Updated: March 31, 2021 6:32:09 pm
Written by Sunish Jauhari
Thirty-six year-old Theithim, who lives in the village of Chongchin in Churachandpur district of Manipur, works hard to ensure that she can feed her seven children one nutritious meal. On most days, all she can afford to feed them is rice and some vegetables from the forest.
For mothers like Theithim, often daily-wage labourers, caring for their children and earning an income can be a tough balance to maintain. Many of them experience far greater vulnerability because they live in hard-to-reach areas, often lacking essential health services.
For migrant populations, access to nutrition and healthcare is further compromised by the seasonal nature of their occupation. Children are repeatedly exposed to challenging environments affecting their nutrition and health at a critical growing age. Parents in this population lack awareness about nutritional needs, or even routine immunisation, causing an increased risk of severe malnutrition among their children.
The COVID-19 pandemic has only further exacerbated this problem. Tens of thousands of households have lost their incomes, causing food insecurity. Essential health services have been disrupted, and economic activity has dwindled. With the continued crisis, the cases of malnutrition are only likely to increase.
India has taken nearly 30 years to bring down the problem of stunting (low height for age) by a third. Today, one in every three children under the age of five in India is stunted. One in every five children is “wasted” (low weight for height). The recently released NFHS-5 (2019-20), though, shows some progress. The incidence of neonatal, infant and under-five mortality has decreased over time, and the coverage of immunisation, water and sanitation facilities, institutional births and exclusive breastfeeding has increased. However, stunting, wasting, and anaemia in children has only worsened.
The problem of malnutrition is a complex one. For example, there is a lot that needs to happen in social behaviour to improve infant nutrition. Only 57 per cent of mothers put their babies to the breast within the first hour of birth, says the CNNS 2019 Report. This is even though 78.7 per cent of deliveries happen in health facilities. Further, only 50 per cent of infants are introduced to complementary foods at six months. The status of complementary feeding practices remains poor, with only 6 per cent of these infants receiving a minimum acceptable diet. The sheer diversity of such a vulnerable population makes it seemingly impossible for some of these practices to reach them.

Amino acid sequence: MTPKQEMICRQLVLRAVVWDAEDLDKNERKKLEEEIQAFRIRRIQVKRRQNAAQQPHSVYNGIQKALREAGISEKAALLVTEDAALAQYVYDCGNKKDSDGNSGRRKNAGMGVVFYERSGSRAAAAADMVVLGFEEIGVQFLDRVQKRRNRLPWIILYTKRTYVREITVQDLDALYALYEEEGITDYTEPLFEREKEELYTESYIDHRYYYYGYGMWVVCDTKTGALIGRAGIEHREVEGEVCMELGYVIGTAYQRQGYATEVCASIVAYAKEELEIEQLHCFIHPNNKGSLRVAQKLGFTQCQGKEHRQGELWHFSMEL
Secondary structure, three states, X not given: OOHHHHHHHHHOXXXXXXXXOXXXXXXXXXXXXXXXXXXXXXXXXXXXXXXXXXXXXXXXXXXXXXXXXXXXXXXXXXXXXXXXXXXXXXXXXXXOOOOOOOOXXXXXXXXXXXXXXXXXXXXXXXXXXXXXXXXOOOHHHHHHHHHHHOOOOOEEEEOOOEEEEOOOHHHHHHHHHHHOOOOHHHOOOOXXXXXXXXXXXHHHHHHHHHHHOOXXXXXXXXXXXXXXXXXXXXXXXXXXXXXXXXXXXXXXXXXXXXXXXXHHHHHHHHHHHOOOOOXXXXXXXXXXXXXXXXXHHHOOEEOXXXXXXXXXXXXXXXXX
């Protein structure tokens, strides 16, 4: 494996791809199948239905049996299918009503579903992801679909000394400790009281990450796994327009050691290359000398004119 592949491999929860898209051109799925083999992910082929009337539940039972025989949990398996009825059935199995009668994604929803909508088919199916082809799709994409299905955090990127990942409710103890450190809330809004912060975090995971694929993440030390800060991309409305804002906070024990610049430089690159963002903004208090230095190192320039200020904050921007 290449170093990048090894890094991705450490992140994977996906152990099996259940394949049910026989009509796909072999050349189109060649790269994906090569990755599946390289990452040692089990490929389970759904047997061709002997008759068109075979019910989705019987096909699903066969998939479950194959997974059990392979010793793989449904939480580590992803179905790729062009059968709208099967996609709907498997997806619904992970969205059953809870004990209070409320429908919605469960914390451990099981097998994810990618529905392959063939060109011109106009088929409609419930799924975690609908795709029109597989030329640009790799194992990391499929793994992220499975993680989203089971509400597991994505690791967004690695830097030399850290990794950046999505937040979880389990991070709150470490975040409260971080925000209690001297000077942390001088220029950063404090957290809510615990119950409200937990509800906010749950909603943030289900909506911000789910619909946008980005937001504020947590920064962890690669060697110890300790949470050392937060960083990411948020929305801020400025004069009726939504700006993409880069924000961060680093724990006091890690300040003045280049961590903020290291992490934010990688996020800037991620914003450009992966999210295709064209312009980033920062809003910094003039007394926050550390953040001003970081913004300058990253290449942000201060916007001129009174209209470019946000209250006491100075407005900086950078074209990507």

Mission Poshan 2.0 launched recently by the Government of India aims to develop practices that will accelerate health, wellness and immunity of children and pregnant women. Even though there has been an increase in budgets, low-spending at the state level needs to be addressed to ensure that interventions reach the beneficiaries at the last-mile.
In this scenario, the role of community-based organisations (CBOs or NGOs) becomes vital. They can help bridge gaps in health and nutrition programming by working in collaboration with local governments. Equipping these hyperlocal organisations with the knowledge on mother, infant, and young child nutrition and training them on integrating evidence-based nutrition interventions into their work could directly add to our collective capacity.
CBOs could also help to unlock some attractive markets for Self Help Groups and small enterprises. For example, Kandhamal Zilla Sabuja Vaidya Sangathan, an NGO that works in Daringbadi, Odisha, supports SHGs and the local community with millet (ragi) processing and how it can be incorporated into daily diets.
When the problem is multifaceted, it needs collective and collaborative action. Besides community organisations and governments, businesses and livelihoods in food and nutrition markets could bring much-needed behaviour-change in communities. Low-cost, nutritious ready-to-eat snacks and awareness around nutrient-dense local foods can help mothers constrained for resources. Businesses are brilliant shapers of demand, often for unhealthy foods. But when businesses are encouraged to bend the market towards health and create messaging around the importance of nutritional outcomes, customers can demand appropriate care and information from healthcare providers.
Private healthcare providers can engage with their government counterparts to expand health and nutrition services. These healthcare providers can be linked to frontline health workers who can identify early signs of malnutrition and refer those patients to them. Government schemes like the Pradhan Mantri Jan Arogya Yojana (PMJAY) can be leveraged for nutrition rehabilitation services and treatment of childhood illnesses, thus reducing out of pocket expenditure.
COVID-19 has been a rude reminder that such pandemics can set us back many years on sustainable development. It has also reminded us that while a virus does not differentiate in infecting, it impacts differently. Those on the margins and fighting with existing vulnerabilities are often the most affected, and a sound system must ensure that the response is equitable. Organisations like ours have been working in this direction for the last decade with NGO partners and state governments in hard-to-reach areas to reach underserved populations with evidence-based nutrition interventions. When NGOs, governments, and small enterprises work together, we will be able to reach 27.6 million children 6-59 months and 13.8 million pregnant women, with interventions like vitamin A, deworming and multiple micronutrient supplementations. These simple, lifesaving interventions can have long-term impacts on mothers and children’s health across the country and can help us break the intergenerational cycle of malnutrition.
Jauhari is the president of Vitamin Angels in India